While retail sales appear to be on the rise, according to the San Francisco Chronicle, a dearth of skilled workers could impede a more substantive recovery for the embattled industry.
Citing data from a recent LinkedIn report, the Chronicle reported that “the national surplus of people with retail sales skills dropped to 11,632 in August from 115,155 people in January,” which represented “one of the highest changes” the report tracked.
Particularly hard hit were cities already reeling from gentrification, like New York and San Francisco. As the story noted, “New York City swung from a surplus of 2,692 people with retail sales skills in January to a shortage of 6,168 people… [and the] Bay Area’s shortage grew from 4,614 in January to 10,429 people in August.”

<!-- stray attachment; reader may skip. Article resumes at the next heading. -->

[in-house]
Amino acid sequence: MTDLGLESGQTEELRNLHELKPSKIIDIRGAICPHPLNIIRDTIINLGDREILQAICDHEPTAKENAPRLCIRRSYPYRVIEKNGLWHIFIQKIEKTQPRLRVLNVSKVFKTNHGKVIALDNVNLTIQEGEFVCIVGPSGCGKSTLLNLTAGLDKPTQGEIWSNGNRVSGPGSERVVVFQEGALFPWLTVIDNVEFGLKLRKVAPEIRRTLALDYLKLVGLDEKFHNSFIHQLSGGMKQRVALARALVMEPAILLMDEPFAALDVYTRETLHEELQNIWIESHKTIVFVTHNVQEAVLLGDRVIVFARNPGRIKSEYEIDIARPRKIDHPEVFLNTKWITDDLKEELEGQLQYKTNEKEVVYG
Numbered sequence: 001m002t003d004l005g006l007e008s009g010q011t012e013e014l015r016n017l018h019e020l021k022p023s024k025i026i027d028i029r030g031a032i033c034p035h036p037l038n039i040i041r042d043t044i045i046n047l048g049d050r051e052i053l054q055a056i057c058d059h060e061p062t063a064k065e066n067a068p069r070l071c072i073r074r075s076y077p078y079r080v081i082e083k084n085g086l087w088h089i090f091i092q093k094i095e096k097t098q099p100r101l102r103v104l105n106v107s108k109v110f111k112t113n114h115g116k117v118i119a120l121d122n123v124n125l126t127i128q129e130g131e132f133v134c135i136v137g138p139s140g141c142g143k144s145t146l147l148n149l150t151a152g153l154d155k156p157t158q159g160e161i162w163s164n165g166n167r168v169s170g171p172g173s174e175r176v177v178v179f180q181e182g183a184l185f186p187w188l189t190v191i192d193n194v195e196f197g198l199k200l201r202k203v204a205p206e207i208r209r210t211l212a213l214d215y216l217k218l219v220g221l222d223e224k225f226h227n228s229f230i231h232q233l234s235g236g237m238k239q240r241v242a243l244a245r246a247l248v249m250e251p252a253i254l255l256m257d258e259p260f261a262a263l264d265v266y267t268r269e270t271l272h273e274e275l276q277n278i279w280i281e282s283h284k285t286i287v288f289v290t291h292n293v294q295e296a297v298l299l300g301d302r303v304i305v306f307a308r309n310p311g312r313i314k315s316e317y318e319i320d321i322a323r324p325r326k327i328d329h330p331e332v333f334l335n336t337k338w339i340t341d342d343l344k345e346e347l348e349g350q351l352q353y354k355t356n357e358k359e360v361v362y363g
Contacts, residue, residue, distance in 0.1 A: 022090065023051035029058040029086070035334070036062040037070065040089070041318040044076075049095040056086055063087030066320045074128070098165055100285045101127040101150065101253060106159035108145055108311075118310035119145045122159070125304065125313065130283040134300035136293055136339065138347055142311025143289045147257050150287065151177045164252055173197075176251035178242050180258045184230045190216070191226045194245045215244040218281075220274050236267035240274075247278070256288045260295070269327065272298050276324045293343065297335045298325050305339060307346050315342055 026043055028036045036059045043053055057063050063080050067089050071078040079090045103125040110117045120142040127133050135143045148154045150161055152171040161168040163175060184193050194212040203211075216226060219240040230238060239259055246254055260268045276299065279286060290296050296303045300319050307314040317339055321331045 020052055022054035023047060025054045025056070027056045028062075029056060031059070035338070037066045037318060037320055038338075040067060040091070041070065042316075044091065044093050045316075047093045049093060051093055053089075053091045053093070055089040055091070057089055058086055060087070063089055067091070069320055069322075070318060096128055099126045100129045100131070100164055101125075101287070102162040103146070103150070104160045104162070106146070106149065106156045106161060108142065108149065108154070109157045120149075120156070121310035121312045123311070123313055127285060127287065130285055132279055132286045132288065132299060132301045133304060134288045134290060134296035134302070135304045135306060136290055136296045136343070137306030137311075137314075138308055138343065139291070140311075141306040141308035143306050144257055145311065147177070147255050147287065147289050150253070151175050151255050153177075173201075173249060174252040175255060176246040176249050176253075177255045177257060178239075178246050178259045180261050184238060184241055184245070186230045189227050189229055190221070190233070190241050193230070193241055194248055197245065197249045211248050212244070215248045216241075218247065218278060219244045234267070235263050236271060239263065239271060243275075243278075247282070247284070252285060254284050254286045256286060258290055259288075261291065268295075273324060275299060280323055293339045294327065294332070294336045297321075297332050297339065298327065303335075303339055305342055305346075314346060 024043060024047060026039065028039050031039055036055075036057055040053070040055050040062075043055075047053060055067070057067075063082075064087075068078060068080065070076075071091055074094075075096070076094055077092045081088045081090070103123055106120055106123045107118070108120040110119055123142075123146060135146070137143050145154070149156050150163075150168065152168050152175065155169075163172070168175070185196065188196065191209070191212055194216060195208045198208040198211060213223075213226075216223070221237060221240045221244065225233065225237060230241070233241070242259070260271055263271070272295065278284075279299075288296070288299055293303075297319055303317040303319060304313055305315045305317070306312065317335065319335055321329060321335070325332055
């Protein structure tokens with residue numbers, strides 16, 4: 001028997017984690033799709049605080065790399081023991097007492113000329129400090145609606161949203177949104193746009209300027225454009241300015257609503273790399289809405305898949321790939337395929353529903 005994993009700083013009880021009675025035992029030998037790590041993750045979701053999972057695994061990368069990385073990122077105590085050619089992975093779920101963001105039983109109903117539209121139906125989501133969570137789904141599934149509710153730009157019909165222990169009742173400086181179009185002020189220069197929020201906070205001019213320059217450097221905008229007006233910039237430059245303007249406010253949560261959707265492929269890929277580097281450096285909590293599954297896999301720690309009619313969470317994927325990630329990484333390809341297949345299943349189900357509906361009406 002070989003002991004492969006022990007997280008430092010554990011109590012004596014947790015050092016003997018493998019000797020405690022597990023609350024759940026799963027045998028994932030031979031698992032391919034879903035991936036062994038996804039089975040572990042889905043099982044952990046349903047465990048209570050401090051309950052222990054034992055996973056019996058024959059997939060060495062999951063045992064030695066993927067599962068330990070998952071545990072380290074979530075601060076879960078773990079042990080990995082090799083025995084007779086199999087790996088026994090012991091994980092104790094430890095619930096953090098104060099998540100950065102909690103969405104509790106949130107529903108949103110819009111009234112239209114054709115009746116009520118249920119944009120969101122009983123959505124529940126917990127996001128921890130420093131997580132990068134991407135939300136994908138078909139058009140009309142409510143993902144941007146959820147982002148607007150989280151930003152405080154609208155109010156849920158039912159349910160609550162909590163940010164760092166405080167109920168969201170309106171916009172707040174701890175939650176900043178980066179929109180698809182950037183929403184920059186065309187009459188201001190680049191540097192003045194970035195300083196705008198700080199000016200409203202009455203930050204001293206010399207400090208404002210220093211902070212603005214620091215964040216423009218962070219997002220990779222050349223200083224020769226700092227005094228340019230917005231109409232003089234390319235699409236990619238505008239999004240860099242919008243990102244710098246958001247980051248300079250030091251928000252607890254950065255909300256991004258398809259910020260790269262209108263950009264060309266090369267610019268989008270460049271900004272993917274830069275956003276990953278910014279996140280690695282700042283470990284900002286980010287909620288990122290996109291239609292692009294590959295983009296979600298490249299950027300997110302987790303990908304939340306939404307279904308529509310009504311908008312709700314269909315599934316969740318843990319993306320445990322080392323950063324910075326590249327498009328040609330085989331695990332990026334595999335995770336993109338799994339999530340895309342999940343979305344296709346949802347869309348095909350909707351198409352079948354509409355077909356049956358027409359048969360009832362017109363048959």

Why such a stark jump? Because stores in those places can no longer “afford to hire people who can afford to live within reasonable commuting distance, much less entice people to move [from elsewhere].”
In a place like the Bay Area, for instance, average hourly pay in the first quarter was “$14.28 for retail salespeople and $20.96 for first-line supervisors of retail sales workers,” which might seem reasonable until it’s noted that the “median for all occupations was $28.17 per hour.”
As one shop owner told the Chronicle, “in the past, if a retail worker left the city, another would move in — but now, retail and service workers are being displaced.”
You can read more about it at The San Francisco Chronicle.